Written by Nicole Miao
At the beginning of this semester, I flipped through the calendar of events and found the scheduled performance of Chicago Symphony Orchestra on campus. I am afraid that it would be hard to get a ticket when it is accessible, and because I have never been an usher at the performance before, I signed up as an usher for this performance.
A rare rainstorm on the day of the performance made my trip to Krannert Center for the Performing Arts more difficult than ever. I arrived an hour earlier than the audience and started preparing. I checked in and selected the desired section, then put on the usher’s vest and immediately went to my section to start working.
I stood in balcony aisle, guiding the audience to the audience and paying attention to someone who needed help. I didn’t know how to do it at first, while a lady in the section next to me often came over to help and I started to get back on track. Diana, the lady who helped me a lot, was a community volunteer. Under the guidance of Diana, I led the audience into place and then went to my own position to wait for the performance to begin.
Chicago Symphony Orchestra played a total of three symphonies. The first and third were similar in style, both soothing and delicate. The difference was that the emotion of the first one was more upset, just like its title “Mourning”, and the third one was more relaxed. But the piece that impressed me the most was the second one. Its style was exactly the opposite of the other two. From the beginning of the prelude, I felt as if I was on the eve of the rainstorm. I could hear the wind hunting, and the clouds in the distance rolled. After a brief calm, drums joined the ensemble, mimicking the thunder. The trombone showed the great power of wind and rain, and its bright and beautiful sound not only expressed the effect of storm lightning, but also let audience feel a sudden horror.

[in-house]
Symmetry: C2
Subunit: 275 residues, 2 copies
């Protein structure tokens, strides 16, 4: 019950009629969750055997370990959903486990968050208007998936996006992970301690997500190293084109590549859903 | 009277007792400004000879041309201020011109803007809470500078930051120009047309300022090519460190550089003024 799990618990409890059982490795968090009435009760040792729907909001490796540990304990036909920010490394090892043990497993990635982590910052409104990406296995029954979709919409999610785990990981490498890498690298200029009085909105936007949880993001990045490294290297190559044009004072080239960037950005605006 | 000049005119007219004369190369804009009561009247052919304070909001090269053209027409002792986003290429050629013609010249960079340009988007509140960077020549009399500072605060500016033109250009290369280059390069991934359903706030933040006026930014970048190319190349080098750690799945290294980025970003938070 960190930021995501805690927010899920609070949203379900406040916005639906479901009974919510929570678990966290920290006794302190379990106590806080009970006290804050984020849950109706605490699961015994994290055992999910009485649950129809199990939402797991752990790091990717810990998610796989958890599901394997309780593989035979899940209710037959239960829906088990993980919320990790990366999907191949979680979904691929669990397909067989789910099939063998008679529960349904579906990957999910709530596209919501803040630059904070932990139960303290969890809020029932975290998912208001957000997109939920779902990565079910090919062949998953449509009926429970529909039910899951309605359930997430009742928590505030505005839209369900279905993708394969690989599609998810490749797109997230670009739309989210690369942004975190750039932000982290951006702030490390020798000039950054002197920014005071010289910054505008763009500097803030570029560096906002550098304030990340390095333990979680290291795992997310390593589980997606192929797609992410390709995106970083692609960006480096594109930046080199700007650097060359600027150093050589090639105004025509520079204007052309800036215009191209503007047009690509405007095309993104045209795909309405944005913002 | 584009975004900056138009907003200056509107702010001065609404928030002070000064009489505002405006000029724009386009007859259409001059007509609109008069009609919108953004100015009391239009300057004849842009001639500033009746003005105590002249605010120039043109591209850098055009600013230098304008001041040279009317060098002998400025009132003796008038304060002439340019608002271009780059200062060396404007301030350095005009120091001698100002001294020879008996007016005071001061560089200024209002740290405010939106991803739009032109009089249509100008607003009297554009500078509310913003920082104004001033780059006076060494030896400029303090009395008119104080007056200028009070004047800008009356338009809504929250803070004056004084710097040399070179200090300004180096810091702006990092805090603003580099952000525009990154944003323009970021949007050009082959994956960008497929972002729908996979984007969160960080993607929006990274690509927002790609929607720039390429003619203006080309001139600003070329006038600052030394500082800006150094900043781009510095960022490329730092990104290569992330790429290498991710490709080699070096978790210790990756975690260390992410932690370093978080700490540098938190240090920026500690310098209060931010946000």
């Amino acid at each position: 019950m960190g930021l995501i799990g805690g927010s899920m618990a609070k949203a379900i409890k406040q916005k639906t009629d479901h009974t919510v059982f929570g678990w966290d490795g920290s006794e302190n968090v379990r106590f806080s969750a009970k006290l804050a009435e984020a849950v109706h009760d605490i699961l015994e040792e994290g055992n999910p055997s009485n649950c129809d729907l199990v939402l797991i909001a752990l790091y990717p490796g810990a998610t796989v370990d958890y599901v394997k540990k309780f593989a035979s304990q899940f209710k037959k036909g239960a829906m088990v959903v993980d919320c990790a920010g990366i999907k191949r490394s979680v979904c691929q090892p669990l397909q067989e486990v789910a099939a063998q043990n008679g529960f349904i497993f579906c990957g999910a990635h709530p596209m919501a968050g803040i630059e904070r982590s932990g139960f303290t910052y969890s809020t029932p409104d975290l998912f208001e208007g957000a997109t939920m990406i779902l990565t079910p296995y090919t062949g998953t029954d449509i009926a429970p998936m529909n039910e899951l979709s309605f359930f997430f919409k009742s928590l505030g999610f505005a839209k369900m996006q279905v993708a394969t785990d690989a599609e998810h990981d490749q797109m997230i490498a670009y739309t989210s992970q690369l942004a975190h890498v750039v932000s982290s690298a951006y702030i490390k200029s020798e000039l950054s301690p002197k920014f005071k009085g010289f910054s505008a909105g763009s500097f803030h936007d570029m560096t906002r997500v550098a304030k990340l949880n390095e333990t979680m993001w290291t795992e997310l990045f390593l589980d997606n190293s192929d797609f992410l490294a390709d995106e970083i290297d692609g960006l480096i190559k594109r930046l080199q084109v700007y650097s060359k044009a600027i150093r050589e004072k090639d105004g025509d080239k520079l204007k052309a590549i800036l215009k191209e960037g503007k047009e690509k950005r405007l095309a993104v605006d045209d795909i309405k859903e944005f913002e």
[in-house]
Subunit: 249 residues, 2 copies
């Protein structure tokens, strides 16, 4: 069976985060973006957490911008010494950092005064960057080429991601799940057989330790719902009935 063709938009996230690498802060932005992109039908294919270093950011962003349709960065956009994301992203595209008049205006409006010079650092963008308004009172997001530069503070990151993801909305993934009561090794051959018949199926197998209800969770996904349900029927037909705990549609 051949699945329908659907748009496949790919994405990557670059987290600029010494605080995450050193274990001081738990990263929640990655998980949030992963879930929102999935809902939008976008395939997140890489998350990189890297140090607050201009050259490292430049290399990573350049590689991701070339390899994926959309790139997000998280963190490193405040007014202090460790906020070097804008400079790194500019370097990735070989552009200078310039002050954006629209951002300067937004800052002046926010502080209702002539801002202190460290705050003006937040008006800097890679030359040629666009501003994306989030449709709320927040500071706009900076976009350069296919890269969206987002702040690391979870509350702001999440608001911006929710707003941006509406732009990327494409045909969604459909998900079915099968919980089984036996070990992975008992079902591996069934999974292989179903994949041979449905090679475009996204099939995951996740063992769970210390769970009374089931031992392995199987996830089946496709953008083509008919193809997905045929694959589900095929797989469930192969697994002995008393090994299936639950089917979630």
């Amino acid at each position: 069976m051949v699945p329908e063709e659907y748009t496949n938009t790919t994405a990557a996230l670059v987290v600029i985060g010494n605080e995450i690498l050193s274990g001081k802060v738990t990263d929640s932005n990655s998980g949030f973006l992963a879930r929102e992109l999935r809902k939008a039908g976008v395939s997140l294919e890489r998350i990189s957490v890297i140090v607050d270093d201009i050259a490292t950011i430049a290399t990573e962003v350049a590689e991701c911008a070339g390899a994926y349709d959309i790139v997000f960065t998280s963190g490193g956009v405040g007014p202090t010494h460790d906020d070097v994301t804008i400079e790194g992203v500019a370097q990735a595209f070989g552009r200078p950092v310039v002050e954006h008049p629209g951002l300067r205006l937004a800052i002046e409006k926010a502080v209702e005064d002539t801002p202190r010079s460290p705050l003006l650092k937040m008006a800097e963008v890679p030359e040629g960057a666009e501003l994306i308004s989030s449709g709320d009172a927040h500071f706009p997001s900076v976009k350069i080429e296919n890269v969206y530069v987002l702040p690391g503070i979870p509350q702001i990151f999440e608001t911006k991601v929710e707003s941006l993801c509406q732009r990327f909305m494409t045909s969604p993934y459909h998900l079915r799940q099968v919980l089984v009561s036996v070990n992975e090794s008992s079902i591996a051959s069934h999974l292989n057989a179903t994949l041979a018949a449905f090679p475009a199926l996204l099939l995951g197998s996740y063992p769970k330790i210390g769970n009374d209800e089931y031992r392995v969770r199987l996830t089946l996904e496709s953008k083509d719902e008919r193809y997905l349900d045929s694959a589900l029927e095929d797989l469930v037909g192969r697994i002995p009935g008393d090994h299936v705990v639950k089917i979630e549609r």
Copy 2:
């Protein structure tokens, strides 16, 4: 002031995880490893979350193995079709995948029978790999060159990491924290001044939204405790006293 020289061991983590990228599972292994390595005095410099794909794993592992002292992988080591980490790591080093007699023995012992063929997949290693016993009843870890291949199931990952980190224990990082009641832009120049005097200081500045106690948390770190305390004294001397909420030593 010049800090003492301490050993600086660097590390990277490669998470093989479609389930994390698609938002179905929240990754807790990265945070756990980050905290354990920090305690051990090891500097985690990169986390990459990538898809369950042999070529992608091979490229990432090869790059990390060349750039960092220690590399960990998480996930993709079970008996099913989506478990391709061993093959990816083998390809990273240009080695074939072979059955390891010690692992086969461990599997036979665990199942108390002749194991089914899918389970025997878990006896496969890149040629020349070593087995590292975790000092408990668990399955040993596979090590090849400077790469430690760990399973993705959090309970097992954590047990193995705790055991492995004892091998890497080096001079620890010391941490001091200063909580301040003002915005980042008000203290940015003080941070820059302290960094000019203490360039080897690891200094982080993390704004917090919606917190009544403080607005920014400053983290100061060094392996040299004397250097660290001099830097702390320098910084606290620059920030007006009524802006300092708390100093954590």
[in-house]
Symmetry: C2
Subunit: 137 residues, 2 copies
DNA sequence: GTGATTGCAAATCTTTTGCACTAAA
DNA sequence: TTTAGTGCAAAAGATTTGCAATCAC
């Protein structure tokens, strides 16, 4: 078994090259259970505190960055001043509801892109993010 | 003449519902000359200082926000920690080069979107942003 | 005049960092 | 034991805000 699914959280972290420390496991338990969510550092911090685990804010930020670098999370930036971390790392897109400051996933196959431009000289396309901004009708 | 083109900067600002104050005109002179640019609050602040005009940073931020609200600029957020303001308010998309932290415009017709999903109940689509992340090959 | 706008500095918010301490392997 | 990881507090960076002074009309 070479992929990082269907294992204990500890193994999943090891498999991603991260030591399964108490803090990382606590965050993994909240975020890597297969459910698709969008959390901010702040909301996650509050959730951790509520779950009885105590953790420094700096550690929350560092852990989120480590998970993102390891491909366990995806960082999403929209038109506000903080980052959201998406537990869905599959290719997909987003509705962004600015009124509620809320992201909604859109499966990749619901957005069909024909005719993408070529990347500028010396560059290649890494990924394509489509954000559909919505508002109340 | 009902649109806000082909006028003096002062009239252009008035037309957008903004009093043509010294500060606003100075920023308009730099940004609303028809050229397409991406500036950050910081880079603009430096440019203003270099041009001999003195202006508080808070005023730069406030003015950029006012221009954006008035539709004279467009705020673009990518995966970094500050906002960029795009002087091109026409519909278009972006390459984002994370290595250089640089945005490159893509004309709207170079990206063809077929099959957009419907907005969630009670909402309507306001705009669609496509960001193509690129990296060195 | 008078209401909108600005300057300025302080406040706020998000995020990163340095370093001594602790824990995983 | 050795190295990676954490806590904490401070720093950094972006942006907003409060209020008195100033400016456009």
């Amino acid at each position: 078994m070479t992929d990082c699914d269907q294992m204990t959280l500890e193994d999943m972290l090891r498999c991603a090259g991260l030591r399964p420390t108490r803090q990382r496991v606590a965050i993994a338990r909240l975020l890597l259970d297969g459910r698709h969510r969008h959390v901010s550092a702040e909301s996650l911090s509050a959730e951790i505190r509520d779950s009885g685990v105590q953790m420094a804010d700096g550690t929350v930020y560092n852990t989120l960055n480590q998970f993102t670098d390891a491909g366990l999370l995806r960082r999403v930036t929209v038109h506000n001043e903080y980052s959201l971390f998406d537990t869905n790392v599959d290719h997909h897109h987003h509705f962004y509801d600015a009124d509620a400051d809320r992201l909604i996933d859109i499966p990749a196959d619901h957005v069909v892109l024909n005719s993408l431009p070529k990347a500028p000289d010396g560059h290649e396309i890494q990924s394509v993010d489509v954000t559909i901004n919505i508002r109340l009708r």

During the intermission and at then end, ushers had to go back to their own section to work. After all spectators left, I returned to the lobby in KCPA and finished my part of work. To be honest, I was so grateful to meet Diana. It seemed like that several other volunteers have worked together many times before because they were very familiar with each other and often chatted together. However, it was my first time to be a volunteer in KCPA, and because I chose the section in balcony aisle, there were basically no other volunteers around. But Diana was particularly friendly. She always came to help or chat with me as if we were old friends. She also told me that the best place to listen to a symphony at Foellinger Great Hall was M row and above on the balcony, which was of great help later when I bought tickets for future performances. It was the first symphony concert I saw after arriving Illinois and it was also my first time being an usher at KCPA. Overall it was quite a memorable experience.
If you want to learn more about CSO | Chicago Symphony Orchestra, visit this website: https://cso.org/home/